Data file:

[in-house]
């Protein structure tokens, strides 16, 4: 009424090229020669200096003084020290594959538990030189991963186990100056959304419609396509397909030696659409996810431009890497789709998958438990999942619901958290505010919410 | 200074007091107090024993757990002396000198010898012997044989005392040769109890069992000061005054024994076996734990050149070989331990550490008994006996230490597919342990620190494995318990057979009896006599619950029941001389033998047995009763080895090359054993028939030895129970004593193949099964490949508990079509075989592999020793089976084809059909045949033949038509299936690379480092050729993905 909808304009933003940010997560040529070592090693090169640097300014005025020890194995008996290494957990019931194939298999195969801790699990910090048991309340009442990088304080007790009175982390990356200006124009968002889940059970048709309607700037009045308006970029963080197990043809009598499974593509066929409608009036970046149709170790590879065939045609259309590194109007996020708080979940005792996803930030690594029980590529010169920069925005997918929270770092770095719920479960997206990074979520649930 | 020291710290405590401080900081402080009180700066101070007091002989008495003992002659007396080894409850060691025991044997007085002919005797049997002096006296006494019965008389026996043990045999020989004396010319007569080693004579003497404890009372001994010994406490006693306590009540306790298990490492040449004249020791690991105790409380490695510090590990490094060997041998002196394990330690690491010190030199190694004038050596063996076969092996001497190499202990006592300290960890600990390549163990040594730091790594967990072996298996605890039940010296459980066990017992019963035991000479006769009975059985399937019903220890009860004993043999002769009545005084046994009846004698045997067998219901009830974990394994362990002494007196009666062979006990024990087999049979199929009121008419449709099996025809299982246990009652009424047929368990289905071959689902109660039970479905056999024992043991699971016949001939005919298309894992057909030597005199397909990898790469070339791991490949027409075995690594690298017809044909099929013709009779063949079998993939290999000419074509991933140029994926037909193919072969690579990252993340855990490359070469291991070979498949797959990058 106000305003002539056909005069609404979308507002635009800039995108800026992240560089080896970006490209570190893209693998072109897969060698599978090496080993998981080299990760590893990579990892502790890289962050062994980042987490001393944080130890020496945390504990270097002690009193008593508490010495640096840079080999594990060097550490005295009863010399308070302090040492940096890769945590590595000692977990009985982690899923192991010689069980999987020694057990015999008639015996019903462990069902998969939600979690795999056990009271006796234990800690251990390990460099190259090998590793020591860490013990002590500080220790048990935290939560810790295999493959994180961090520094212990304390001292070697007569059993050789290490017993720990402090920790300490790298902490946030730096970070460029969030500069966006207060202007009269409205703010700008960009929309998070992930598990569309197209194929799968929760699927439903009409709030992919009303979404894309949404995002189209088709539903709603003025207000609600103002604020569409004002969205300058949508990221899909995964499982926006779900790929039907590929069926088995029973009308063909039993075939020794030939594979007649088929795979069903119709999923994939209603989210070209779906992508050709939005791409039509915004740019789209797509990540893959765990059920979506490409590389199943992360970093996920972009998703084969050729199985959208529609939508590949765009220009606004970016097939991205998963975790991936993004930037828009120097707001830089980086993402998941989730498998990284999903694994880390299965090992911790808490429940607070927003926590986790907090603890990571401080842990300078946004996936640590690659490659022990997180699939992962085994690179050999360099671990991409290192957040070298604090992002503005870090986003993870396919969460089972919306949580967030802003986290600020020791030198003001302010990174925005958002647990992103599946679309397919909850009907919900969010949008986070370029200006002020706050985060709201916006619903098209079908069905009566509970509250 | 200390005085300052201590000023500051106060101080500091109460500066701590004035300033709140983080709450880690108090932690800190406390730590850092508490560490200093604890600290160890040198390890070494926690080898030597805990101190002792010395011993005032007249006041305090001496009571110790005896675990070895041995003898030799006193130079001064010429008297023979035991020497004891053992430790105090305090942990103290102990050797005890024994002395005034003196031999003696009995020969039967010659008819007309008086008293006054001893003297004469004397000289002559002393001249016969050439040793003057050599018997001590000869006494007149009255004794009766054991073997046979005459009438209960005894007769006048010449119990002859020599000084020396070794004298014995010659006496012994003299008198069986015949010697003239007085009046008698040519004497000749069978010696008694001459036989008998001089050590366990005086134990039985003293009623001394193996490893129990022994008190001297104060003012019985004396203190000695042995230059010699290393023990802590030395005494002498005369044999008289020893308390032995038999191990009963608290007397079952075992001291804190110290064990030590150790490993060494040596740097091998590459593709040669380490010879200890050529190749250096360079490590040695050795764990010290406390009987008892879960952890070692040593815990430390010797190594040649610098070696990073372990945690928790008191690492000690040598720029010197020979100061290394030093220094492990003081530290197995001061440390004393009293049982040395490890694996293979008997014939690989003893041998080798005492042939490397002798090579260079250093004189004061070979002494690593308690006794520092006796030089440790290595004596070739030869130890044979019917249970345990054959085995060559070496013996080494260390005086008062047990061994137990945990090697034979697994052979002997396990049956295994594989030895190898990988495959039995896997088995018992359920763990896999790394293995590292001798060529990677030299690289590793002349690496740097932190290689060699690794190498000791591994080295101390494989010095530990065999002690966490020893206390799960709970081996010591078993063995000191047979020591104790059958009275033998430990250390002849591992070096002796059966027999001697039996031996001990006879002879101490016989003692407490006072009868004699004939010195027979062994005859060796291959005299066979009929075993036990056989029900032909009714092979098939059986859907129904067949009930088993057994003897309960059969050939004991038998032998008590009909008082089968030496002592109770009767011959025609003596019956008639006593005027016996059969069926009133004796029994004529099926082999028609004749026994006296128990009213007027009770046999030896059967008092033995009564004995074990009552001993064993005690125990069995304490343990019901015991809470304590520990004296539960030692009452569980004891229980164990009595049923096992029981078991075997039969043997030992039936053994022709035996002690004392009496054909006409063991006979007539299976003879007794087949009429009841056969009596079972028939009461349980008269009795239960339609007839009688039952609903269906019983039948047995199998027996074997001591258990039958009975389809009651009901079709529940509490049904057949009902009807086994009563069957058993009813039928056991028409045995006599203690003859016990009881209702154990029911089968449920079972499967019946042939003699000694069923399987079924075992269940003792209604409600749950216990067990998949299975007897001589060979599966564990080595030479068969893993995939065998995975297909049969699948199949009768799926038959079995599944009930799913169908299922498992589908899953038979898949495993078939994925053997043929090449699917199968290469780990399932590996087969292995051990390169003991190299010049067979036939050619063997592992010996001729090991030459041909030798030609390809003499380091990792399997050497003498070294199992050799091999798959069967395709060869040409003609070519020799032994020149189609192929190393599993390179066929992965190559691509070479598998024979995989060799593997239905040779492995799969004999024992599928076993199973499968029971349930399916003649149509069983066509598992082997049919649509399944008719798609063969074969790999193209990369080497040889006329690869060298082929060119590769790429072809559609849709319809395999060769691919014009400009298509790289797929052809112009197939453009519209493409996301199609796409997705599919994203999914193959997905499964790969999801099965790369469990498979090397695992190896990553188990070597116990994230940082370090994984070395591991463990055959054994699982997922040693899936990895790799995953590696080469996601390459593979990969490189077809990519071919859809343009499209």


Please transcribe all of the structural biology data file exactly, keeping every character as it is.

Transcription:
[in-house]
């Protein structure tokens, strides 16, 4: 009424090229020669200096003084020290594959538990030189991963186990100056959304419609396509397909030696659409996810431009890497789709998958438990999942619901958290505010919410 | 200074007091107090024993757990002396000198010898012997044989005392040769109890069992000061005054024994076996734990050149070989331990550490008994006996230490597919342990620190494995318990057979009896006599619950029941001389033998047995009763080895090359054993028939030895129970004593193949099964490949508990079509075989592999020793089976084809059909045949033949038509299936690379480092050729993905 909808304009933003940010997560040529070592090693090169640097300014005025020890194995008996290494957990019931194939298999195969801790699990910090048991309340009442990088304080007790009175982390990356200006124009968002889940059970048709309607700037009045308006970029963080197990043809009598499974593509066929409608009036970046149709170790590879065939045609259309590194109007996020708080979940005792996803930030690594029980590529010169920069925005997918929270770092770095719920479960997206990074979520649930 | 020291710290405590401080900081402080009180700066101070007091002989008495003992002659007396080894409850060691025991044997007085002919005797049997002096006296006494019965008389026996043990045999020989004396010319007569080693004579003497404890009372001994010994406490006693306590009540306790298990490492040449004249020791690991105790409380490695510090590990490094060997041998002196394990330690690491010190030199190694004038050596063996076969092996001497190499202990006592300290960890600990390549163990040594730091790594967990072996298996605890039940010296459980066990017992019963035991000479006769009975059985399937019903220890009860004993043999002769009545005084046994009846004698045997067998219901009830974990394994362990002494007196009666062979006990024990087999049979199929009121008419449709099996025809299982246990009652009424047929368990289905071959689902109660039970479905056999024992043991699971016949001939005919298309894992057909030597005199397909990898790469070339791991490949027409075995690594690298017809044909099929013709009779063949079998993939290999000419074509991933140029994926037909193919072969690579990252993340855990490359070469291991070979498949797959990058 106000305003002539056909005069609404979308507002635009800039995108800026992240560089080896970006490209570190893209693998072109897969060698599978090496080993998981080299990760590893990579990892502790890289962050062994980042987490001393944080130890020496945390504990270097002690009193008593508490010495640096840079080999594990060097550490005295009863010399308070302090040492940096890769945590590595000692977990009985982690899923192991010689069980999987020694057990015999008639015996019903462990069902998969939600979690795999056990009271006796234990800690251990390990460099190259090998590793020591860490013990002590500080220790048990935290939560810790295999493959994180961090520094212990304390001292070697007569059993050789290490017993720990402090920790300490790298902490946030730096970070460029969030500069966006207060202007009269409205703010700008960009929309998070992930598990569309197209194929799968929760699927439903009409709030992919009303979404894309949404995002189209088709539903709603003025207000609600103002604020569409004002969205300058949508990221899909995964499982926006779900790929039907590929069926088995029973009308063909039993075939020794030939594979007649088929795979069903119709999923994939209603989210070209779906992508050709939005791409039509915004740019789209797509990540893959765990059920979506490409590389199943992360970093996920972009998703084969050729199985959208529609939508590949765009220009606004970016097939991205998963975790991936993004930037828009120097707001830089980086993402998941989730498998990284999903694994880390299965090992911790808490429940607070927003926590986790907090603890990571401080842990300078946004996936640590690659490659022990997180699939992962085994690179050999360099671990991409290192957040070298604090992002503005870090986003993870396919969460089972919306949580967030802003986290600020020791030198003001302010990174925005958002647990992103599946679309397919909850009907919900969010949008986070370029200006002020706050985060709201916006619903098209079908069905009566509970509250 | 200390005085300052201590000023500051106060101080500091109460500066701590004035300033709140983080709450880690108090932690800190406390730590850092508490560490200093604890600290160890040198390890070494926690080898030597805990101190002792010395011993005032007249006041305090001496009571110790005896675990070895041995003898030799006193130079001064010429008297023979035991020497004891053992430790105090305090942990103290102990050797005890024994002395005034003196031999003696009995020969039967010659008819007309008086008293006054001893003297004469004397000289002559002393001249016969050439040793003057050599018997001590000869006494007149009255004794009766054991073997046979005459009438209960005894007769006048010449119990002859020599000084020396070794004298014995010659006496012994003299008198069986015949010697003239007085009046008698040519004497000749069978010696008694001459036989008998001089050590366990005086134990039985003293009623001394193996490893129990022994008190001297104060003012019985004396203190000695042995230059010699290393023990802590030395005494002498005369044999008289020893308390032995038999191990009963608290007397079952075992001291804190110290064990030590150790490993060494040596740097091998590459593709040669380490010879200890050529190749250096360079490590040695050795764990010290406390009987008892879960952890070692040593815990430390010797190594040649610098070696990073372990945690928790008191690492000690040598720029010197020979100061290394030093220094492990003081530290197995001061440390004393009293049982040395490890694996293979008997014939690989003893041998080798005492042939490397002798090579260079250093004189004061070979002494690593308690006794520092006796030089440790290595004596070739030869130890044979019917249970345990054959085995060559070496013996080494260390005086008062047990061994137990945990090697034979697994052979002997396990049956295994594989030895190898990988495959039995896997088995018992359920763990896999790394293995590292001798060529990677030299690289590793002349690496740097932190290689060699690794190498000791591994080295101390494989010095530990065999002690966490020893206390799960709970081996010591078993063995000191047979020591104790059958009275033998430990250390002849591992070096002796059966027999001697039996031996001990006879002879101490016989003692407490006072009868004699004939010195027979062994005859060796291959005299066979009929075993036990056989029900032909009714092979098939059986859907129904067949009930088993057994003897309960059969050939004991038998032998008590009909008082089968030496002592109770009767011959025609003596019956008639006593005027016996059969069926009133004796029994004529099926082999028609004749026994006296128990009213007027009770046999030896059967008092033995009564004995074990009552001993064993005690125990069995304490343990019901015991809470304590520990004296539960030692009452569980004891229980164990009595049923096992029981078991075997039969043997030992039936053994022709035996002690004392009496054909006409063991006979007539299976003879007794087949009429009841056969009596079972028939009461349980008269009795239960339609007839009688039952609903269906019983039948047995199998027996074997001591258990039958009975389809009651009901079709529940509490049904057949009902009807086994009563069957058993009813039928056991028409045995006599203690003859016990009881209702154990029911089968449920079972499967019946042939003699000694069923399987079924075992269940003792209604409600749950216990067990998949299975007897001589060979599966564990080595030479068969893993995939065998995975297909049969699948199949009768799926038959079995599944009930799913169908299922498992589908899953038979898949495993078939994925053997043929090449699917199968290469780990399932590996087969292995051990390169003991190299010049067979036939050619063997592992010996001729090991030459041909030798030609390809003499380091990792399997050497003498070294199992050799091999798959069967395709060869040409003609070519020799032994020149189609192929190393599993390179066929992965190559691509070479598998024979995989060799593997239905040779492995799969004999024992599928076993199973499968029971349930399916003649149509069983066509598992082997049919649509399944008719798609063969074969790999193209990369080497040889006329690869060298082929060119590769790429072809559609849709319809395999060769691919014009400009298509790289797929052809112009197939453009519209493409996301199609796409997705599919994203999914193959997905499964790969999801099965790369469990498979090397695992190896990553188990070597116990994230940082370090994984070395591991463990055959054994699982997922040693899936990895790799995953590696080469996601390459593979990969490189077809990519071919859809343009499209």